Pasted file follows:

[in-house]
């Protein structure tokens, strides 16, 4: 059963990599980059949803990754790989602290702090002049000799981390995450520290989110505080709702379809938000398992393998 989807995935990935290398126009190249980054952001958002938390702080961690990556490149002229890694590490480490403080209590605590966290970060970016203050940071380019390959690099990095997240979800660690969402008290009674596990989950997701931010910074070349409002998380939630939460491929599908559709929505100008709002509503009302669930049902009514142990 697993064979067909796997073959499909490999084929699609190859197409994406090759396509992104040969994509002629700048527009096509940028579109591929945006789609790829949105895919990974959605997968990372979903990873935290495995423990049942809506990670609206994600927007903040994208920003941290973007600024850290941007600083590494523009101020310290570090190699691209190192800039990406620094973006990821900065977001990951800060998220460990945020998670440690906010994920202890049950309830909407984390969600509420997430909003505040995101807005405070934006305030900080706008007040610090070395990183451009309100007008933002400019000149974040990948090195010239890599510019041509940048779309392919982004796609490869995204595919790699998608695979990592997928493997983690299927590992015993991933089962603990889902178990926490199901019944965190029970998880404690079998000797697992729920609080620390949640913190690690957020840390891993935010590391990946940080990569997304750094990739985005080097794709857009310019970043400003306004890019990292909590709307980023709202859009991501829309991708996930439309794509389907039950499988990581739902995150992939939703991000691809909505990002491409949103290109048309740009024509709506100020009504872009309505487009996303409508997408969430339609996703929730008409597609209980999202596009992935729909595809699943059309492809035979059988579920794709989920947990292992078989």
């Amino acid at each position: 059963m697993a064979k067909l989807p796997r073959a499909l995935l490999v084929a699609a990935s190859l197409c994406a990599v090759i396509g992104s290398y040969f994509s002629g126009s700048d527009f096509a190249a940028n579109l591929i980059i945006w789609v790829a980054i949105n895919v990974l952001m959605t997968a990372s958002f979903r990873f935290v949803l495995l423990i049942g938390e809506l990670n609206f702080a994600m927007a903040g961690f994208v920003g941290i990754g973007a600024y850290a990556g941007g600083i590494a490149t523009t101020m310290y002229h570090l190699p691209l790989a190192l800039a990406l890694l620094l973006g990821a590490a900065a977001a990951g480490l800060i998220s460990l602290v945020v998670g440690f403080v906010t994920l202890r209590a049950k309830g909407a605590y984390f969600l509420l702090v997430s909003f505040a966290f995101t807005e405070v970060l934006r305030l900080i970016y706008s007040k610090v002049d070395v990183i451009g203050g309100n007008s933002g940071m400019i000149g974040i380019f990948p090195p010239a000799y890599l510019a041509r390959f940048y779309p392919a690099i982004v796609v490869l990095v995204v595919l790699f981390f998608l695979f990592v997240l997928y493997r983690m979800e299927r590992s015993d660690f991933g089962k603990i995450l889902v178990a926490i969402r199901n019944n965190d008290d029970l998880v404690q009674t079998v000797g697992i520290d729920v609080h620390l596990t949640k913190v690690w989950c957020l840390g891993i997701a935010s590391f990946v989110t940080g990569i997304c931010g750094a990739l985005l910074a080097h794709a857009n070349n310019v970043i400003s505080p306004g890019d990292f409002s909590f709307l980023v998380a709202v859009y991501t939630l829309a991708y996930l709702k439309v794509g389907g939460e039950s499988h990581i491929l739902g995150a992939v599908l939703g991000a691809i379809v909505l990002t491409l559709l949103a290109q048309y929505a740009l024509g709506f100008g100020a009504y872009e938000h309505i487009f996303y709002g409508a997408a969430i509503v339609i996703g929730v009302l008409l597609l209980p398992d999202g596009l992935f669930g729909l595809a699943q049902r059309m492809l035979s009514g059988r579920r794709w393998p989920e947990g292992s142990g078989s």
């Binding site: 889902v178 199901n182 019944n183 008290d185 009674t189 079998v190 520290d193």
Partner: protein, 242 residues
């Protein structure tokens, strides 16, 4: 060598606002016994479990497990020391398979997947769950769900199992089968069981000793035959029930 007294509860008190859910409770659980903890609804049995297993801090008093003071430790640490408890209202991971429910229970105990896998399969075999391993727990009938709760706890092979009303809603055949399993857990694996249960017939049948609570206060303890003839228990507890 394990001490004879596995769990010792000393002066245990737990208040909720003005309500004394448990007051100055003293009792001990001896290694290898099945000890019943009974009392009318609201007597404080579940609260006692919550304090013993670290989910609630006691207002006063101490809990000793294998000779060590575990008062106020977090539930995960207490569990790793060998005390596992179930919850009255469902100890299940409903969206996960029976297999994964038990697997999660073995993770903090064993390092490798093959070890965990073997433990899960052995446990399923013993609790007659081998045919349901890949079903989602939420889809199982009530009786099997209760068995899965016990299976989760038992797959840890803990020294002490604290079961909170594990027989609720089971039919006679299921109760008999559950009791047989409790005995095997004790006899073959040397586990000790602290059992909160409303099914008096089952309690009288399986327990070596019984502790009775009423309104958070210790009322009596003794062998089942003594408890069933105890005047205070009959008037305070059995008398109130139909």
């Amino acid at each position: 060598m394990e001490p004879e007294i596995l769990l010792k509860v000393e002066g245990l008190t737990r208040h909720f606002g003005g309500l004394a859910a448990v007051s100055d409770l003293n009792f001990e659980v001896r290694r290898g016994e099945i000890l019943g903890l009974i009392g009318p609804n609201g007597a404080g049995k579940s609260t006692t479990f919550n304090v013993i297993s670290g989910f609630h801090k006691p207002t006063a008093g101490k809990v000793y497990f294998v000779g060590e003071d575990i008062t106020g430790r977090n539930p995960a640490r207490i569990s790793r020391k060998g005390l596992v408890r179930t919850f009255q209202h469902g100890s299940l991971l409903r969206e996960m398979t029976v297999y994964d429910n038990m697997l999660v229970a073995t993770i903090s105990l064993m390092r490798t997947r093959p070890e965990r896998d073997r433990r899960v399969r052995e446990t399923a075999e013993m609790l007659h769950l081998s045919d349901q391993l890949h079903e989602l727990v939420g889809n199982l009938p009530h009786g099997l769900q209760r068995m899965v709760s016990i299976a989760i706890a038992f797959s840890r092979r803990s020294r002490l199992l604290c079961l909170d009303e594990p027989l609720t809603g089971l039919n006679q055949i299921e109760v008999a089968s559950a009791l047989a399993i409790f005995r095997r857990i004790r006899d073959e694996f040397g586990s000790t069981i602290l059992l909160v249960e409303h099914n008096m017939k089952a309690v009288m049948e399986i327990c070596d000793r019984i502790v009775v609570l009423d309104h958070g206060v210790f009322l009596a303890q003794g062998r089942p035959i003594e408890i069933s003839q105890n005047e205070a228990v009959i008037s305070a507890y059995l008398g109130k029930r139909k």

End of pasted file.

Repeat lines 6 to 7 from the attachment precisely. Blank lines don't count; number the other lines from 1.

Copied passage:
């Protein structure tokens, strides 16, 4: 060598606002016994479990497990020391398979997947769950769900199992089968069981000793035959029930 007294509860008190859910409770659980903890609804049995297993801090008093003071430790640490408890209202991971429910229970105990896998399969075999391993727990009938709760706890092979009303809603055949399993857990694996249960017939049948609570206060303890003839228990507890 394990001490004879596995769990010792000393002066245990737990208040909720003005309500004394448990007051100055003293009792001990001896290694290898099945000890019943009974009392009318609201007597404080579940609260006692919550304090013993670290989910609630006691207002006063101490809990000793294998000779060590575990008062106020977090539930995960207490569990790793060998005390596992179930919850009255469902100890299940409903969206996960029976297999994964038990697997999660073995993770903090064993390092490798093959070890965990073997433990899960052995446990399923013993609790007659081998045919349901890949079903989602939420889809199982009530009786099997209760068995899965016990299976989760038992797959840890803990020294002490604290079961909170594990027989609720089971039919006679299921109760008999559950009791047989409790005995095997004790006899073959040397586990000790602290059992909160409303099914008096089952309690009288399986327990070596019984502790009775009423309104958070210790009322009596003794062998089942003594408890069933105890005047205070009959008037305070059995008398109130139909």
């Amino acid at each position: 060598m394990e001490p004879e007294i596995l769990l010792k509860v000393e002066g245990l008190t737990r208040h909720f606002g003005g309500l004394a859910a448990v007051s100055d409770l003293n009792f001990e659980v001896r290694r290898g016994e099945i000890l019943g903890l009974i009392g009318p609804n609201g007597a404080g049995k579940s609260t006692t479990f919550n304090v013993i297993s670290g989910f609630h801090k006691p207002t006063a008093g101490k809990v000793y497990f294998v000779g060590e003071d575990i008062t106020g430790r977090n539930p995960a640490r207490i569990s790793r020391k060998g005390l596992v408890r179930t919850f009255q209202h469902g100890s299940l991971l409903r969206e996960m398979t029976v297999y994964d429910n038990m697997l999660v229970a073995t993770i903090s105990l064993m390092r490798t997947r093959p070890e965990r896998d073997r433990r899960v399969r052995e446990t399923a075999e013993m609790l007659h769950l081998s045919d349901q391993l890949h079903e989602l727990v939420g889809n199982l009938p009530h009786g099997l769900q209760r068995m899965v709760s016990i299976a989760i706890a038992f797959s840890r092979r803990s020294r002490l199992l604290c079961l909170d009303e594990p027989l609720t809603g089971l039919n006679q055949i299921e109760v008999a089968s559950a009791l047989a399993i409790f005995r095997r857990i004790r006899d073959e694996f040397g586990s000790t069981i602290l059992l909160v249960e409303h099914n008096m017939k089952a309690v009288m049948e399986i327990c070596d000793r019984i502790v009775v609570l009423d309104h958070g206060v210790f009322l009596a303890q003794g062998r089942p035959i003594e408890i069933s003839q105890n005047e205070a228990v009959i008037s305070a507890y059995l008398g109130k029930r139909k």